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Refugees from Boko Haram Languish in Cameroon

UNHCR chief Filippo Grandi is received at the Minawao Camp in Cameroon’s Far North region on Dec. 15, 2016, where some 60,000 refugees have fled attacks by Boko Haram. Credit: Mbom Sixtus/IPS

UNHCR chief Filippo Grandi is received at the Minawao Camp in Cameroon’s Far North region on Dec. 15, 2016, where some 60,000 refugees have fled attacks by Boko Haram. Credit: Mbom Sixtus/IPS

MINAWAO CAMP, Cameroon, Dec 16 2016 (IPS) - Tears spring to Aichatou Njoya’s eyes as she recalls the day Islamic militants from Boko Haram arrived on her doorstep in Nigeria.

“It was on May 24, 2013. My husband was sleeping in his room while I was on the other side of the house with our six children. The youngest was only one month old,” she mutters, pausing to collect herself.

The funding gap for refugees and IDPs in Cameroon now stands at 62.4 million dollars.

Njoya told IPS when the armed insurgents broke into the house, they grabbed her husband and dragged him into her room. “They brought him in front of us and put a machete to his neck and asked him if he was going to convert from Christianity to Islam. They asked thrice, and thrice he refused. Then they slew him right in front of me and our children,” she said, still holding back tears.

The widowed refugee said an argument ensued among the assailants as to whether to spare her life or not. They finally agreed to let her live. The next day she escaped with her children to the hills and trekked for several days until they reached the border with Cameroon, where the UNHCR had vehicles to transport refugees to the camp. The camp had just been set up, she says.

Njoya, now 36, has been living in the Minawao refugee camp in Cameroon’s Far North region for more than three and a half years now, with scant hope of returning anytime soon.

IPS spoke with Njoya and others during the Dec. 15 visit of Filippo Grandi, High Commissioner for the United Nations Refugee agency UNHCR, to the camp. Grandi called for the financial empowerment of Nigerian refugees to help them cope with insufficient humanitarian aid.

The camp hosts about 60,000 Nigerians who have fled their homes since 2011 because of attacks carried out by the Islamist terror group, Boko Haram.

Grandi spoke with refugees, representatives of national and international NGOs, and officials of the Cameroonian government who gathered to welcome him. Cameroon is the third country he is visiting as part of his tour of countries of the Lake Chad Basin affected by the Boko Haram insurgency.

Grandi said his visit was intended to encourage donors to provide more aid to affected countries and governments to work together to reinstate peace in the region and facilitate the return of refugees and internally displaced persons (IDPs) their homes.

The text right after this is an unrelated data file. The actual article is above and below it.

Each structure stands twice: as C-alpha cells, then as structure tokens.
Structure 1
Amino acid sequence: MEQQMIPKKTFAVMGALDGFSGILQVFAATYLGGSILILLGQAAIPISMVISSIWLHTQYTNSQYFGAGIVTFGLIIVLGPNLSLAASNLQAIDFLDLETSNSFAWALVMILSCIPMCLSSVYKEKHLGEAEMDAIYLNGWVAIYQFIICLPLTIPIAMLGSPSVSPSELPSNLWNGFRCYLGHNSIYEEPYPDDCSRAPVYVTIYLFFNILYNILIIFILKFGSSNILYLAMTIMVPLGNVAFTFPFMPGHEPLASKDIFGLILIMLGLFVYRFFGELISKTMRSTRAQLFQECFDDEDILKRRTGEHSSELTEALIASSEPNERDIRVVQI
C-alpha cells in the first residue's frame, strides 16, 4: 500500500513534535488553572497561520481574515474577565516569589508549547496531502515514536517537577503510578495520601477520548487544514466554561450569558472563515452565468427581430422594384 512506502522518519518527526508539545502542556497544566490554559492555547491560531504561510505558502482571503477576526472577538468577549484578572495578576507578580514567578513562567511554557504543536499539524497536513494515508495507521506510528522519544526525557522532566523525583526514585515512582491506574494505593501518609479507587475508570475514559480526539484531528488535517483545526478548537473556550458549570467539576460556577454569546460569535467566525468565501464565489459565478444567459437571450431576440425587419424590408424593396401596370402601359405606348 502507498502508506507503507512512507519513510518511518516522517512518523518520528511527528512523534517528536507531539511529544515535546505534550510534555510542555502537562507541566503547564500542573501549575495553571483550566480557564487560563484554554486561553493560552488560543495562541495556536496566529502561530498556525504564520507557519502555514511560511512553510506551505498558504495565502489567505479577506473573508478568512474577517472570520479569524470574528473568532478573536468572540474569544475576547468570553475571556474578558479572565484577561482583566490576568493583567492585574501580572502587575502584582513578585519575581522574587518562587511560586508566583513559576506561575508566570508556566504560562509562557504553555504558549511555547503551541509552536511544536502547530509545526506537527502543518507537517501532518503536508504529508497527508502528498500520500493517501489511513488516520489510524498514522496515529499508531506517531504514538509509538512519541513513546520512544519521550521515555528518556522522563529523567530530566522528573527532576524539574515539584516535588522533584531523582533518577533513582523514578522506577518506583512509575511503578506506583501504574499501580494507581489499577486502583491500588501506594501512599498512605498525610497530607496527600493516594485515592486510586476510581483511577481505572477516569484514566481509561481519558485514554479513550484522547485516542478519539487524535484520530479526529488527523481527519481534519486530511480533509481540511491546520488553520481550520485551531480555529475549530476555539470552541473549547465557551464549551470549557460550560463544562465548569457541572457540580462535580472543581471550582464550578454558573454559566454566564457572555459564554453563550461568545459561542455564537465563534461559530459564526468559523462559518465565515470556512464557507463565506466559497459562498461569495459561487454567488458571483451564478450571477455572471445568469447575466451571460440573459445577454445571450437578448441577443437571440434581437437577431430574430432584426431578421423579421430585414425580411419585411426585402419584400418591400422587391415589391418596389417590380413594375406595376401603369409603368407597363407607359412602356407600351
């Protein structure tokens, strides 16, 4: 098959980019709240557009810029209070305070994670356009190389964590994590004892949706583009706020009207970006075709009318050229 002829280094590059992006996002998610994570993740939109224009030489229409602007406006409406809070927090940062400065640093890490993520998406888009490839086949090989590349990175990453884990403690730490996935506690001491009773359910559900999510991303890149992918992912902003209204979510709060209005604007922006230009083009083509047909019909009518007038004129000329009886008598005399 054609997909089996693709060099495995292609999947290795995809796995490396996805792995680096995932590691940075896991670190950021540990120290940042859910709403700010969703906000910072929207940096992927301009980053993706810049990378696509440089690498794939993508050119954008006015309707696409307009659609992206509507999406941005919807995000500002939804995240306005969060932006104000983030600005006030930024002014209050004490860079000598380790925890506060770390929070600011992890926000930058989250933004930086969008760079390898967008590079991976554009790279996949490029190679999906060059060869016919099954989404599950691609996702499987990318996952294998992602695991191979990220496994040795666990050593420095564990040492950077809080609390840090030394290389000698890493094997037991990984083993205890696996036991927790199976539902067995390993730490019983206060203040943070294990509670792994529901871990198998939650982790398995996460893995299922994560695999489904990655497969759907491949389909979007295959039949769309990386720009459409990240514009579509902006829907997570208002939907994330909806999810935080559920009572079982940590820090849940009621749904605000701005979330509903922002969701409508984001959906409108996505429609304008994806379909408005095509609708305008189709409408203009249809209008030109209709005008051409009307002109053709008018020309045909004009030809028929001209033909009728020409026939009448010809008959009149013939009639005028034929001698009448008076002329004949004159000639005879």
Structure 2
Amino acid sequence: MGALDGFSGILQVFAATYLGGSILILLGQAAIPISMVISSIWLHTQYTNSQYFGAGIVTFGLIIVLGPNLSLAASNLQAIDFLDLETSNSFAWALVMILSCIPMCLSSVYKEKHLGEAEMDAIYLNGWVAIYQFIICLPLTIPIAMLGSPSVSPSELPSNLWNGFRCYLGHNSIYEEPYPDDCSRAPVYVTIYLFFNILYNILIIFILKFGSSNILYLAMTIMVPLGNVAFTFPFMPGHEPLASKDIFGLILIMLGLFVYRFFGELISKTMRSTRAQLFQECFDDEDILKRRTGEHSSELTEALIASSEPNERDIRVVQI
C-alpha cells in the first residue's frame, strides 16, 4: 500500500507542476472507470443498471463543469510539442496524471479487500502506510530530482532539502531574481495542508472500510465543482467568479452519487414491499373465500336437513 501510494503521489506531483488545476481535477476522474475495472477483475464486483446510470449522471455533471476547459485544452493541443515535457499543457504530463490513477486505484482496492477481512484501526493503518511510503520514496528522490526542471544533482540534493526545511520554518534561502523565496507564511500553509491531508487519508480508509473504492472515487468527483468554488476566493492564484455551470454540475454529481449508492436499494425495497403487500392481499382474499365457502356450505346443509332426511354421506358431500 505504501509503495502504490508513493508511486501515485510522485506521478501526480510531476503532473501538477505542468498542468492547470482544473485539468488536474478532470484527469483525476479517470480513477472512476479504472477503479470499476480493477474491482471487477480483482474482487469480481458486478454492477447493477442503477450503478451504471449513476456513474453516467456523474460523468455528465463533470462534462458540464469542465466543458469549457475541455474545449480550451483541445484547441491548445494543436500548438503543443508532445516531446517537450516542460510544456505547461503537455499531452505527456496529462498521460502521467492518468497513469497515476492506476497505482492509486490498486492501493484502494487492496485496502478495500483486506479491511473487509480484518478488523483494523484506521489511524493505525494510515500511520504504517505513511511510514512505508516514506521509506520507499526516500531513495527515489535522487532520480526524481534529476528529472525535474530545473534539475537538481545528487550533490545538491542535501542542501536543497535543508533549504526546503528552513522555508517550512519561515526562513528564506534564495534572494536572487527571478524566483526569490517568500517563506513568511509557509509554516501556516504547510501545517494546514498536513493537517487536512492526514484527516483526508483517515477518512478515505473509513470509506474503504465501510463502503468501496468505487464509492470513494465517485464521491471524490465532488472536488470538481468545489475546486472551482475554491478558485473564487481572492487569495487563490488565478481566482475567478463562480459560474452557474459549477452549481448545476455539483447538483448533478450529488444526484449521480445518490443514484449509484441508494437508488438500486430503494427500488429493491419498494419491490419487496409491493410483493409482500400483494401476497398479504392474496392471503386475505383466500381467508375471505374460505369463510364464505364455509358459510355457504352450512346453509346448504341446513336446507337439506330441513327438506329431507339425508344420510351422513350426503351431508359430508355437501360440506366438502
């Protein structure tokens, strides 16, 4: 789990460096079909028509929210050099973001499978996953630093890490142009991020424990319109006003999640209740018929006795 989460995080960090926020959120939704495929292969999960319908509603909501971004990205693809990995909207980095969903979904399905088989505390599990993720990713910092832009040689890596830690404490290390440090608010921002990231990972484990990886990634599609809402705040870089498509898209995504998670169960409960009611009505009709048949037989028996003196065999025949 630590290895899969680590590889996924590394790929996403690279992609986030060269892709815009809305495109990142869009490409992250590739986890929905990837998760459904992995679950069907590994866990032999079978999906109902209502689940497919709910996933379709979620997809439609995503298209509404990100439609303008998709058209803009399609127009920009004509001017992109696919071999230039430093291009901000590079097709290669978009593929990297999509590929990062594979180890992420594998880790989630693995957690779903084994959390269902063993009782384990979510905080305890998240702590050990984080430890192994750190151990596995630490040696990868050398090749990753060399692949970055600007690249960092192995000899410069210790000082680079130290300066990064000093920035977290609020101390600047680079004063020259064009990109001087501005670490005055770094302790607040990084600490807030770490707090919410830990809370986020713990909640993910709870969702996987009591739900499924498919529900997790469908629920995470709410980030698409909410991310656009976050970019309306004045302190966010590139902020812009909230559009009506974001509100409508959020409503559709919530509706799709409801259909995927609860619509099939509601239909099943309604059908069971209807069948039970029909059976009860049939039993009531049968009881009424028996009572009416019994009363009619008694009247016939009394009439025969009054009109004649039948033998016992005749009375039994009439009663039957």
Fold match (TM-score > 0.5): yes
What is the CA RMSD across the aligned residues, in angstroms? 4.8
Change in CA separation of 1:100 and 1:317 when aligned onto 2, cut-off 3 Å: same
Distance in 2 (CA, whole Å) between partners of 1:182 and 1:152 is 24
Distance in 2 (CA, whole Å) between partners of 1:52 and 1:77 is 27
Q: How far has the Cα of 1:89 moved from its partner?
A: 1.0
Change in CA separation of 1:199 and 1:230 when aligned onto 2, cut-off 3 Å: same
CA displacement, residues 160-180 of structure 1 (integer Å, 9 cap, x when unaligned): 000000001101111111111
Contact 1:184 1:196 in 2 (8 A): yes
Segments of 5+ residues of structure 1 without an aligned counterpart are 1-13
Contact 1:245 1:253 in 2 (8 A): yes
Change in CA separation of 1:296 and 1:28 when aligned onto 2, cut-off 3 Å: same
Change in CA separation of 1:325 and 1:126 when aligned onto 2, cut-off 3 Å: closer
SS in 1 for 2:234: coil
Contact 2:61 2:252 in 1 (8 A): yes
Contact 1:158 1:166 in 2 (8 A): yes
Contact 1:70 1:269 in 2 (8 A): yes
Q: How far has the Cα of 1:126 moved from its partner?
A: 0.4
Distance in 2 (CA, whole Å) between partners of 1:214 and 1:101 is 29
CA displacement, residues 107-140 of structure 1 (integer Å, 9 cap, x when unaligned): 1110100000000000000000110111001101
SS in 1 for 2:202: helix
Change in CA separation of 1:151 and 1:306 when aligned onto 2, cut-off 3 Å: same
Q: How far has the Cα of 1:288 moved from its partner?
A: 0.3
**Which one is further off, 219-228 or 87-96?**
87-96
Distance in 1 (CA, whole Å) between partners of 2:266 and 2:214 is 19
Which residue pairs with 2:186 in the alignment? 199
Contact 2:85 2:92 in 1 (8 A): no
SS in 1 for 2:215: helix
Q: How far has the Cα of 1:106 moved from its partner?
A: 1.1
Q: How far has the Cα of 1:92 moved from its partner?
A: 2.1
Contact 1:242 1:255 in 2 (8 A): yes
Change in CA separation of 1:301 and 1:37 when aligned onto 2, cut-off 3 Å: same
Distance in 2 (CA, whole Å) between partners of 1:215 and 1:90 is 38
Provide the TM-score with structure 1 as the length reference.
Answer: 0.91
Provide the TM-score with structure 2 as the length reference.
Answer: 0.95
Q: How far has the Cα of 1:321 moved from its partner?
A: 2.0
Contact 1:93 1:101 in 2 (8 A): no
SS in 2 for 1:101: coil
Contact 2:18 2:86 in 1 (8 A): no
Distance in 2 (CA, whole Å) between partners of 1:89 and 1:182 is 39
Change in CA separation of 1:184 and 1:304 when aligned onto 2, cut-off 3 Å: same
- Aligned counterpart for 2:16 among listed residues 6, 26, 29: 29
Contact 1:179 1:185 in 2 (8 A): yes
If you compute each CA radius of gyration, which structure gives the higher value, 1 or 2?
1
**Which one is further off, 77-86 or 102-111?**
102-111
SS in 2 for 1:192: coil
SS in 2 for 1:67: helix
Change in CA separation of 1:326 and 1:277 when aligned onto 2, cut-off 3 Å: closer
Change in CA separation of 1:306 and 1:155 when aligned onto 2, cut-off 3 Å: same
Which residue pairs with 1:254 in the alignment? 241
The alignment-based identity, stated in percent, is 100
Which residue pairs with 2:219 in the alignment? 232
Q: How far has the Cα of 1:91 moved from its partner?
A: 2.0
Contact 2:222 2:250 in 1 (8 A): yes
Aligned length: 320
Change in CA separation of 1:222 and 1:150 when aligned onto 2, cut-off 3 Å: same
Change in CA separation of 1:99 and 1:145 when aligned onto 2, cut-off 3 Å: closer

“We have made efforts to improve aid, but aid is still insufficient. I have listened to complaints of these refugee women who say they do not have any income generation activities and I think the UNHCR and its partners should begin working in that direction. Help them help themselves,” he said.

He had just listened to representatives of the refugees and refugee women discussing the difficulties they face on a daily basis, including food and water shortages, scarcity of wood, insufficient medicines, and insufficient classroom and medical staff in health units in the camp.

Growing population, funding gap aggravate living conditions

According to Njoya, and every other refugee who talked to IPS, including Jallo Mohamed, Bulama Adam and Ayuba Fudama, living conditions are growing worse by the day. They all complain of joblessness. Njoya says even when they leave the camp with refugee certificates as IDs, Cameroonian security officers still stop them from going out.

“This hinders the success of the income generation activities we are yearning for,” she said.

“When we just got here, they gave each refugee 13 kg of rice monthly. It was later reduced to 10 and last month (November 2016) it dropped further. The rationing for wood has also declined.  Nowadays when you go to the health unit for headache, they give you paracetamol. If you have a fever, they give you paracetamol. If you have stomach ache or anything else, they give you the same tablets. And when you go there at night, there is no one on duty,” says Jallo Mohamed.

Reports say there are periods when as many as 50 births are recorded per week in the Minawao camp.

“You can’t blame them. They sleep early every night because they do not have TV sets or other forms of entertainment. That is why the birth rate is as it is,” said a medic at the camp who asked not to be named.

Cameroon currently hosts more than 259,000 refugees from the Central African Republic and 73,747 Nigerians. Funders led by the U.S., Japan, EU, Spain, Italy, France and Korea were able to raise only 37 per cent of a total of 98.6million dollars required in assistance for refugees and IDPs in Cameroon this year – a funding gap of 62.4 million dollars, according to the UNHCR factsheet.

The funding gap for requirements of Nigerian refugees, according to the UNHCR, stands at 29.7 million dollars. Nevertheless, High Commissioner Grandi remains positive that empowering refugees to earn incomes will improve living standards at the Minawao Camp.

Regarding the wood shortage, he said he saw fuel-efficient cooking stoves in Niger and Chad and will encourage stakeholders in Cameroon to introduce the models in the camp. He also reassured refugees that an ongoing water project will provide the camp and host communities with clean pipe-borne water.

The High Commissioner’s mission to Cameroon also includes the launching of 2017 Regional Refugee Response Plan for the Nigeria Refugee Situation.

 
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